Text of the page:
Shake-flask culture growth conditions

Overnight cultures of 5 mL Rich media (10 g/L soy peptone, 5 g/L yeast extract, 5 g/L NaCl, NaOH to pH 7.2) with the appropriate antibiotics were used to inoculate 1/100th v/v 25 mL shake-flask cultures and grown at 30 °C for 3 h until OD600 reached 0.8. The cultures were then induced with 500 μM isopropyl-β-D-thiogalactopyranoside (IPTG) and grown at 16 °C overnight or for 5 h at 30 °C with shaking at 220 rpm. Cells were harvested by centrifugation and frozen at − 20 °C. Cells densities were then standardized to the same ratio OD600 value using lysis buffer (1× PBS, 5% glycerol, 1 mM EDTA) and consequently lysed by sonication. The total fraction (T) was then centrifuged for 15 min at 20,000×g 4 °C. Proteins in the soluble fraction (S) were quantified with BCA reagent (BCA Protein Assay kit, Pierce, cat. No. 23225). The expression and activity of the oxidative substrate were then analyzed by western blot and/or ELISA assays, where appropriate.

High-density fermentation growth conditions

Seed cultures were inoculated by adding a single colony from the streaked plates into 250 mL Erlenmeyer flasks containing 125 mL of selective LB liquid medium. The seed cultures were grown at 30 °C, shaking at 275 rpm for 14 h, and then immediately used to inoculate DASGIP® BioBlock fermenters containing 1 L complex medium (1.2% soytone, 2.4% yeast extract, 4 mM potassium hydroxide, 2% glycerol, 25 mM dibasic potassium phosphate, 0.05% antifoam 204, 1× DeLissa Trace metals, and selective antibiotics). The fermenters were controlled by a computer running DASware software (Eppendorf, Hauppauge, NY). The pH was maintained at 7.0 using 28% ammonium hydroxide and 10% phosphoric acid. The cultures were grown at 30 °C and agitated at an initial speed of 500 rpm. When the dissolved oxygen reached 30% air saturation, an agitation/gas flow/oxygen enrichment cascade was used to maintain this level of oxygenation. After 9 to 10 h of growth, IPTG was added to a final concentration of 0.4 mM in the fermenter. One milliliter of culture was sampled throughout the experiments and used to monitor metabolite production/nutrient consumption and recombinant protein production. After recording the density of the culture, the samples were centrifuged at 13,000 rpm for 75 s, and the cell pellet was collected and stored at − 20 °C. Cells were resuspended into lysis buffer at OD600 = 50. 1 mL of the resuspended cells was sonicated at 40% maximum amplitude for 2 min at 2 s on and 4 s off setting for three rounds. Insoluble matter was removed by 15 min and 13,000 rpm centrifugation and the soluble supernatant fractions were collected.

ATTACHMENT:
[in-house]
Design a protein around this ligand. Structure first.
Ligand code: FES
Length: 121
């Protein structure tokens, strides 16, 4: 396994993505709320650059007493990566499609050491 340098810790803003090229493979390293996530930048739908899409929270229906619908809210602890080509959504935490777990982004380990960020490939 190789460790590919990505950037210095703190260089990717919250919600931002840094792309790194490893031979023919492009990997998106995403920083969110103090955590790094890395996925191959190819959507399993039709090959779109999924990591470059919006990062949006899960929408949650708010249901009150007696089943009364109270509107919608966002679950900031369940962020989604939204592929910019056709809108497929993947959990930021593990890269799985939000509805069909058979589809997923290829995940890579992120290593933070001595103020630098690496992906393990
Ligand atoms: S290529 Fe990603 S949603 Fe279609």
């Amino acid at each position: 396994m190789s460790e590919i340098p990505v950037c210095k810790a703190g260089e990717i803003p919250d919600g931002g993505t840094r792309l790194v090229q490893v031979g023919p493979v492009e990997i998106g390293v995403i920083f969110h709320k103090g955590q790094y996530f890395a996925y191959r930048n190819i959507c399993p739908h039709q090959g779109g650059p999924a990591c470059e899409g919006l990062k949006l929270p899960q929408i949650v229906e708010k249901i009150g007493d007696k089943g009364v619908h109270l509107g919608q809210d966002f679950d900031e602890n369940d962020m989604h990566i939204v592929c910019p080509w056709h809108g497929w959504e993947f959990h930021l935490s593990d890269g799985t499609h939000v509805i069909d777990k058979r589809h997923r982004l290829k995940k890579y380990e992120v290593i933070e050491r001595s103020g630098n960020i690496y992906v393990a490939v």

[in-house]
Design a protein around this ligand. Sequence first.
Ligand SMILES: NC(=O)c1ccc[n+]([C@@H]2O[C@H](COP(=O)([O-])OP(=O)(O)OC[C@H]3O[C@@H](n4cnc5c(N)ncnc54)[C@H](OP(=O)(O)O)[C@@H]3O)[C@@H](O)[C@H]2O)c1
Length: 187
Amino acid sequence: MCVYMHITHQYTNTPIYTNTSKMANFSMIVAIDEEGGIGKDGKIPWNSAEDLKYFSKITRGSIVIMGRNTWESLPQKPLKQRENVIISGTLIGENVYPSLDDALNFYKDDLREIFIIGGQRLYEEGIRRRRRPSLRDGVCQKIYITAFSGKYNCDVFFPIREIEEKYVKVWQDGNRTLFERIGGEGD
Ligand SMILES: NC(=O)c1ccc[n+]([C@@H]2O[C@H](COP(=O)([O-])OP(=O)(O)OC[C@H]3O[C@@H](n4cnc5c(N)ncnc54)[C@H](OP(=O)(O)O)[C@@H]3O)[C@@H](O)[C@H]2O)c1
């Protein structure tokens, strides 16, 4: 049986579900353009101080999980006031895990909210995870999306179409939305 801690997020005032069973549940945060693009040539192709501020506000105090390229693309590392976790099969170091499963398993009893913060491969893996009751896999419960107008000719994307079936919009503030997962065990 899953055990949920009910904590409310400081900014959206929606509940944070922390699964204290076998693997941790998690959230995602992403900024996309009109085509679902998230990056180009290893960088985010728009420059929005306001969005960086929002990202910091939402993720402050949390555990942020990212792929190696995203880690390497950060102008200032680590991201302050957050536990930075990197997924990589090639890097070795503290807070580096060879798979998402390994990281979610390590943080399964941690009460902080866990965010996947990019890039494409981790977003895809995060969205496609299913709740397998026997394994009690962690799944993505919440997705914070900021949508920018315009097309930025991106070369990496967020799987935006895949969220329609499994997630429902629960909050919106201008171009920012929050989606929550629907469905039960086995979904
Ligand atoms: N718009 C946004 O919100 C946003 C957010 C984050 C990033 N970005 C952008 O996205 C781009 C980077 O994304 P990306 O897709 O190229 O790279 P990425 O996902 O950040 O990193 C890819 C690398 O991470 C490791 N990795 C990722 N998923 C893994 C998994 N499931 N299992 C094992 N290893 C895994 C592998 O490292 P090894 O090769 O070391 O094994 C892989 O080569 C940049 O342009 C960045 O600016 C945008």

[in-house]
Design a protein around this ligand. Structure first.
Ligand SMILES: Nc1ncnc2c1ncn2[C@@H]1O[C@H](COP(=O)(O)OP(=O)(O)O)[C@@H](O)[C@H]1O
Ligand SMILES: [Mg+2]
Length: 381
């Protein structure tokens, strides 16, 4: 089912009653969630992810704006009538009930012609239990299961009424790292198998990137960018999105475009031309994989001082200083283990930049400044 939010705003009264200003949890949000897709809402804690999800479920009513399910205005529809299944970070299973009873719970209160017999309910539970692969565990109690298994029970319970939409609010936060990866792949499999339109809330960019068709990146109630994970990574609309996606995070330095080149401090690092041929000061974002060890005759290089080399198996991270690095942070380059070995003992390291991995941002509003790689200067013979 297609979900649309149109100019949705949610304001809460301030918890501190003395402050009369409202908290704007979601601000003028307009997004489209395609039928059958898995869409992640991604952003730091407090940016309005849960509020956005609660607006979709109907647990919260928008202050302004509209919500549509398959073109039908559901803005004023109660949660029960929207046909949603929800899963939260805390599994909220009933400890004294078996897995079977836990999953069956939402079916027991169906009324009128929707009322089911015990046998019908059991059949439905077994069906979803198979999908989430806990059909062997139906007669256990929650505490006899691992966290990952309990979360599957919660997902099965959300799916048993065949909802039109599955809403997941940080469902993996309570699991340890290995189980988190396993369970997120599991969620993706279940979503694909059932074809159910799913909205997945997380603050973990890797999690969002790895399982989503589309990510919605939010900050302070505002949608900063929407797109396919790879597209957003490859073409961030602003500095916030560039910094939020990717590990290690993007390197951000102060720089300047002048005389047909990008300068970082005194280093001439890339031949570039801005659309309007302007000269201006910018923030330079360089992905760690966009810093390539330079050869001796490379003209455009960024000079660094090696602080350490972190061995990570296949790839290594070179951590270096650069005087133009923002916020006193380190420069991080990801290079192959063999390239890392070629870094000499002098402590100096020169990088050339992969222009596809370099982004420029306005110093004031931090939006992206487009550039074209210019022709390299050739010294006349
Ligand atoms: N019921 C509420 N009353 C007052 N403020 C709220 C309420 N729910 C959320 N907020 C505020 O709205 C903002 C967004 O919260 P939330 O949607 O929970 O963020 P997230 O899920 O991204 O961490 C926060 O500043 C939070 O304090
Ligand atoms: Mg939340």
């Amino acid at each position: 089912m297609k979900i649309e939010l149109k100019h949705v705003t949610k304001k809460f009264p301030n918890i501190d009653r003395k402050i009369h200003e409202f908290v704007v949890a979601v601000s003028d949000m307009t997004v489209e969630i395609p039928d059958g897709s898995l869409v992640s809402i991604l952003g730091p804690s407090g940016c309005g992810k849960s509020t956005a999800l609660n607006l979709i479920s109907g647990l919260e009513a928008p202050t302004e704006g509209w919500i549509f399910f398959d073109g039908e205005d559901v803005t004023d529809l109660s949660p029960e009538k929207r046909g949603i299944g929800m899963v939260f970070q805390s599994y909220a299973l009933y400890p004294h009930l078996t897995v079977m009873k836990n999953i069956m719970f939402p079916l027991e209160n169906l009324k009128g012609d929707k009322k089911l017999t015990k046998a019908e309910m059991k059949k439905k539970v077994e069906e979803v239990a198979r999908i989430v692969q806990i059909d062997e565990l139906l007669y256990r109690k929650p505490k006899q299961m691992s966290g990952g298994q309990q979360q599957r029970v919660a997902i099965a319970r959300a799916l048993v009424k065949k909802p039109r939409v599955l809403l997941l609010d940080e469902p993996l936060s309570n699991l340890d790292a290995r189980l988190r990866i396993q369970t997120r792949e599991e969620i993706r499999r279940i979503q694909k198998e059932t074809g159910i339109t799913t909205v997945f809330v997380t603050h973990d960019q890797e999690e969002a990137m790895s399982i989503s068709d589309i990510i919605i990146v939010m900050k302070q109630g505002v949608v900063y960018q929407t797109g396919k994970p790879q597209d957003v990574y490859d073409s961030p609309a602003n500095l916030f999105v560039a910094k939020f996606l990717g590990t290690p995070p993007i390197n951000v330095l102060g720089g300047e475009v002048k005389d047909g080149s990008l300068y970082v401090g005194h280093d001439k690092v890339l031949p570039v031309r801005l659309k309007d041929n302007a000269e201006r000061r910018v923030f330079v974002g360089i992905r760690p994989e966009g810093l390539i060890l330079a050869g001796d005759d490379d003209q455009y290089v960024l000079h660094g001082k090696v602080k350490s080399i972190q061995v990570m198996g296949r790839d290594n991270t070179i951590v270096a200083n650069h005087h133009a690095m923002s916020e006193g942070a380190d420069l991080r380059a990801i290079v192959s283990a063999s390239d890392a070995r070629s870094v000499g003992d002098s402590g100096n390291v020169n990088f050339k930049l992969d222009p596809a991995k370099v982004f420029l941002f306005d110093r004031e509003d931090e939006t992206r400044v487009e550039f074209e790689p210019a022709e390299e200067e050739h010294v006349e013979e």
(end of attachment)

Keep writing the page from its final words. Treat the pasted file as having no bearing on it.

PDI and GPx7 bioinformatic analysis